The aim – to assess factors associated with regression of target organ damage under therapy with fixed dose combination (FDC) of perindopril and amlodipine in patients with arterial hypertension, depending on presence of the ischemic heart disease (according to the EPHES study results analysis).
Material and methods. The analysis included data of 60 patients (aged > 30 years) with arterial hypertension:
1st group – 30 patients without ischemic heart disease (IHD), 2nd group – 30 patients with IHD. All patients were administered FDC perindopril/amlodipine in daily baseline dose 5/5 mg with up-titration to 10/10 mg every two weeks. If target blood pressure (BP) was not achieved (> 140/90 mm Hg) after 6 weeks, the indapamide 1.5 mg was added. All patients were done: body mass index measurements, office and ambulatory BP measurements, pulse wave velocity (PWV) and central SBP evaluation, augmentation index adjusted to heart rate 75 (AIx75) evaluation, biochemical blood analysis, ECG, EchoCG with Doppler, ankle-brachial index, intima-media thickness (IMT). The follow-up period was 12 months.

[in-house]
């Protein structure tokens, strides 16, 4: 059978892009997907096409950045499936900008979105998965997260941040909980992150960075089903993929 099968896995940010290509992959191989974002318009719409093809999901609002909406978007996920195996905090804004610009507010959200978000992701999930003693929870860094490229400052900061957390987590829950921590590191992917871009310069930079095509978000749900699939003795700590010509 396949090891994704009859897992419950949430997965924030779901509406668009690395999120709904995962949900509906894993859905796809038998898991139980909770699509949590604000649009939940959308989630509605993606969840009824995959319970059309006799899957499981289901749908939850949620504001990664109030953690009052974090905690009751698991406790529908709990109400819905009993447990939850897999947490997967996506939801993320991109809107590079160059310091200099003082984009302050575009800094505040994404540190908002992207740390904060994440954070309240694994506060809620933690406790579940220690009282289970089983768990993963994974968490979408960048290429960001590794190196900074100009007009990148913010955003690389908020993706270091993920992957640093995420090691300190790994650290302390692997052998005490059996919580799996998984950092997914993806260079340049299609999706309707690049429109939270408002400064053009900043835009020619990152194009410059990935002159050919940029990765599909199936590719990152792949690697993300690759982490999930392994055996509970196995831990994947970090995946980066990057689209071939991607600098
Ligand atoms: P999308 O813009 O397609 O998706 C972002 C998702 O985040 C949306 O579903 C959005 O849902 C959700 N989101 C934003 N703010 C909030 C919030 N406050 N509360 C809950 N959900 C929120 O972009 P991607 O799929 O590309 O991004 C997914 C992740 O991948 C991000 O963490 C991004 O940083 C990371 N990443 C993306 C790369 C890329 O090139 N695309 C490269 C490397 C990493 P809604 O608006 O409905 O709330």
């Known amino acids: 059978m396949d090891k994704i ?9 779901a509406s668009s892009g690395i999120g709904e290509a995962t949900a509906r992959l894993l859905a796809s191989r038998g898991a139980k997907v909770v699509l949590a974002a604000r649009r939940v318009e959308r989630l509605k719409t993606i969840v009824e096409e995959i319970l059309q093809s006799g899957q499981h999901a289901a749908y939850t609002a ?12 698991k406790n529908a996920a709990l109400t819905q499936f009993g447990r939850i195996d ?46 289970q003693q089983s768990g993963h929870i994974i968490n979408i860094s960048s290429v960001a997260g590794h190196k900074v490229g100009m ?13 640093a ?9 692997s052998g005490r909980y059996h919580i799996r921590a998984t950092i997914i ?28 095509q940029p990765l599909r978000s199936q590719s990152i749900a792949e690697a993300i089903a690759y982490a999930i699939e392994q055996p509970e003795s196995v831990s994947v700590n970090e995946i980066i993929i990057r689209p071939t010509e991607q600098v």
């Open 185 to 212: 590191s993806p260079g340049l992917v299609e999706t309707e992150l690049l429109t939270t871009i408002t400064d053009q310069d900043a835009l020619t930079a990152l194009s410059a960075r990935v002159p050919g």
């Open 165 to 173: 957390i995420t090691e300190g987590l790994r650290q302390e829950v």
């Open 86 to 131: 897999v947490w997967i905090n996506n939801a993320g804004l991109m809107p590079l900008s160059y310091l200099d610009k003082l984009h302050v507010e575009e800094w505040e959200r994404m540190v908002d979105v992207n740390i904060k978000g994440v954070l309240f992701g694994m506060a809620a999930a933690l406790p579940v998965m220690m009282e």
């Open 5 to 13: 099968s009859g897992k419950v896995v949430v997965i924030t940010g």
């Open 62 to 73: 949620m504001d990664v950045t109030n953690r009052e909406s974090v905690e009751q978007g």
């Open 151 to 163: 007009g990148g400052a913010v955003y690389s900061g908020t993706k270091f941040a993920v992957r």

Results. Effective BP decreasing treatment based on FDC led to significant target organ damage regression – improving arterial stiffness and left ventricular diastolic function, decreasing of urine albumin level, left ventricular hypertrophy and left atrium size. Lowering of aorta PWV was less in patients without IHD than in patients with IHD – by 2.5±0.2 vs 4.4±0.5 m/s (Р<0.005). Despite equal decreasing of left ventricular mass indices in both groups, improving of diastolic function (increasing of E/A and diminishing Е/Е′) was more in patients with IHD – 64.4 and 54.1 % vs 39.8 and 23.2 % (Р<0.05 for both respectively). IMTmax decreased significantly only in patients with IHD. Conclusions. The assessed common and different factors associated with target organ damage regression in patients with and without IHD might help in choice of antihypertensive therapy and management of patients with arterial hypertension.